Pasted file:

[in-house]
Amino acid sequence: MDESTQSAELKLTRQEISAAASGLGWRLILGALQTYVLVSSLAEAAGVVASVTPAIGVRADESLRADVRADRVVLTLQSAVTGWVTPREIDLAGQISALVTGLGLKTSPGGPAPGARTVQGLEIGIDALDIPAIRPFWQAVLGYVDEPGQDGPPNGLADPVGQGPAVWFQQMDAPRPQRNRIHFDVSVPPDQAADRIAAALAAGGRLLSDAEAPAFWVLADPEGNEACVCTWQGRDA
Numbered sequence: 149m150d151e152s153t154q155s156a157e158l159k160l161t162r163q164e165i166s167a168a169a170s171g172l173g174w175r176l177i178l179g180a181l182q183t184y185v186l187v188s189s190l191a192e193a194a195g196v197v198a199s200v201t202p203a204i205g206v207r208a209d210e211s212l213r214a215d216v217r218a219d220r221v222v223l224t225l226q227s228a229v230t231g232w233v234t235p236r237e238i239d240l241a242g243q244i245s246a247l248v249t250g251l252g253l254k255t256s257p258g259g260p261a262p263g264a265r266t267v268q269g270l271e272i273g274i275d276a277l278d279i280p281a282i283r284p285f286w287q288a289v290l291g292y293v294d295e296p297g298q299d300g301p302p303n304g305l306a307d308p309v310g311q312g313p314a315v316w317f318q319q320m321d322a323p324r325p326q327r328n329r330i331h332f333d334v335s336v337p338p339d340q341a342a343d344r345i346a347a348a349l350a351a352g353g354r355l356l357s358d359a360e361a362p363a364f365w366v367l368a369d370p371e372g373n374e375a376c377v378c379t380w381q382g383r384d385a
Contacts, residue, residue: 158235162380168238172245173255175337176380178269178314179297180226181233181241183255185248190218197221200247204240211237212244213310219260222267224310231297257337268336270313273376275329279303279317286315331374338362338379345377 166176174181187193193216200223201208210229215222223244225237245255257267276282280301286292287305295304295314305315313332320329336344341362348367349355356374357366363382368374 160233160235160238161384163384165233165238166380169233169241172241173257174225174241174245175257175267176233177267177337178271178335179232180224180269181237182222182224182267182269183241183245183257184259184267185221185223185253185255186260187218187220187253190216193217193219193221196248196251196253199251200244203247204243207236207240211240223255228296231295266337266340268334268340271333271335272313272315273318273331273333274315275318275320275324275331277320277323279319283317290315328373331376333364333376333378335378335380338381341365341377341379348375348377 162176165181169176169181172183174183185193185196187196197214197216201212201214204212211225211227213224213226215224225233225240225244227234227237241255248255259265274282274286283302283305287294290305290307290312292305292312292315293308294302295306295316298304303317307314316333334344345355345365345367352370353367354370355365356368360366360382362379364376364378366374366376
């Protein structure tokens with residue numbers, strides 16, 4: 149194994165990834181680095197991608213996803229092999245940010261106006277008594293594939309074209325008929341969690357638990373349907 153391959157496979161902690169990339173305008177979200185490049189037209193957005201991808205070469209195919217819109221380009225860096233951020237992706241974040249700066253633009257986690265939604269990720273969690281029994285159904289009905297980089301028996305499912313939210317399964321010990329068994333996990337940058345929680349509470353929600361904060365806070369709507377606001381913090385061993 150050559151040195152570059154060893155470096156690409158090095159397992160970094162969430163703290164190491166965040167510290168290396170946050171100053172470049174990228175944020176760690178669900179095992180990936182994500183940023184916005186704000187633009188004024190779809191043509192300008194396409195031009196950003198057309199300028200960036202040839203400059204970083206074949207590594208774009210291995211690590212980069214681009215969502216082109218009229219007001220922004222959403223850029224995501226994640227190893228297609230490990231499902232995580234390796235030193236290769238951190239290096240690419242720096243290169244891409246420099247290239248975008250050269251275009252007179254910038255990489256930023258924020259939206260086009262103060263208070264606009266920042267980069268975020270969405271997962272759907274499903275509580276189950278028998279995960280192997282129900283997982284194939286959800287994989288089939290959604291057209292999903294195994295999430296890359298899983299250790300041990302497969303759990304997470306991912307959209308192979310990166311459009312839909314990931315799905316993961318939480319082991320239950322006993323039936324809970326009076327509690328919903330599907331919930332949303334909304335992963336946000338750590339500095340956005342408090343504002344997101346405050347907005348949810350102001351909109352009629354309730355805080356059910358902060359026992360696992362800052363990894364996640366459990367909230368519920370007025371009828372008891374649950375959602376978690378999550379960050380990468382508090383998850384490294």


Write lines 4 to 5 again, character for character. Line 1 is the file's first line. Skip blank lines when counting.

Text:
Contacts, residue, residue: 158235162380168238172245173255175337176380178269178314179297180226181233181241183255185248190218197221200247204240211237212244213310219260222267224310231297257337268336270313273376275329279303279317286315331374338362338379345377 166176174181187193193216200223201208210229215222223244225237245255257267276282280301286292287305295304295314305315313332320329336344341362348367349355356374357366363382368374 160233160235160238161384163384165233165238166380169233169241172241173257174225174241174245175257175267176233177267177337178271178335179232180224180269181237182222182224182267182269183241183245183257184259184267185221185223185253185255186260187218187220187253190216193217193219193221196248196251196253199251200244203247204243207236207240211240223255228296231295266337266340268334268340271333271335272313272315273318273331273333274315275318275320275324275331277320277323279319283317290315328373331376333364333376333378335378335380338381341365341377341379348375348377 162176165181169176169181172183174183185193185196187196197214197216201212201214204212211225211227213224213226215224225233225240225244227234227237241255248255259265274282274286283302283305287294290305290307290312292305292312292315293308294302295306295316298304303317307314316333334344345355345365345367352370353367354370355365356368360366360382362379364376364378366374366376
């Protein structure tokens with residue numbers, strides 16, 4: 149194994165990834181680095197991608213996803229092999245940010261106006277008594293594939309074209325008929341969690357638990373349907 153391959157496979161902690169990339173305008177979200185490049189037209193957005201991808205070469209195919217819109221380009225860096233951020237992706241974040249700066253633009257986690265939604269990720273969690281029994285159904289009905297980089301028996305499912313939210317399964321010990329068994333996990337940058345929680349509470353929600361904060365806070369709507377606001381913090385061993 150050559151040195152570059154060893155470096156690409158090095159397992160970094162969430163703290164190491166965040167510290168290396170946050171100053172470049174990228175944020176760690178669900179095992180990936182994500183940023184916005186704000187633009188004024190779809191043509192300008194396409195031009196950003198057309199300028200960036202040839203400059204970083206074949207590594208774009210291995211690590212980069214681009215969502216082109218009229219007001220922004222959403223850029224995501226994640227190893228297609230490990231499902232995580234390796235030193236290769238951190239290096240690419242720096243290169244891409246420099247290239248975008250050269251275009252007179254910038255990489256930023258924020259939206260086009262103060263208070264606009266920042267980069268975020270969405271997962272759907274499903275509580276189950278028998279995960280192997282129900283997982284194939286959800287994989288089939290959604291057209292999903294195994295999430296890359298899983299250790300041990302497969303759990304997470306991912307959209308192979310990166311459009312839909314990931315799905316993961318939480319082991320239950322006993323039936324809970326009076327509690328919903330599907331919930332949303334909304335992963336946000338750590339500095340956005342408090343504002344997101346405050347907005348949810350102001351909109352009629354309730355805080356059910358902060359026992360696992362800052363990894364996640366459990367909230368519920370007025371009828372008891374649950375959602376978690378999550379960050380990468382508090383998850384490294």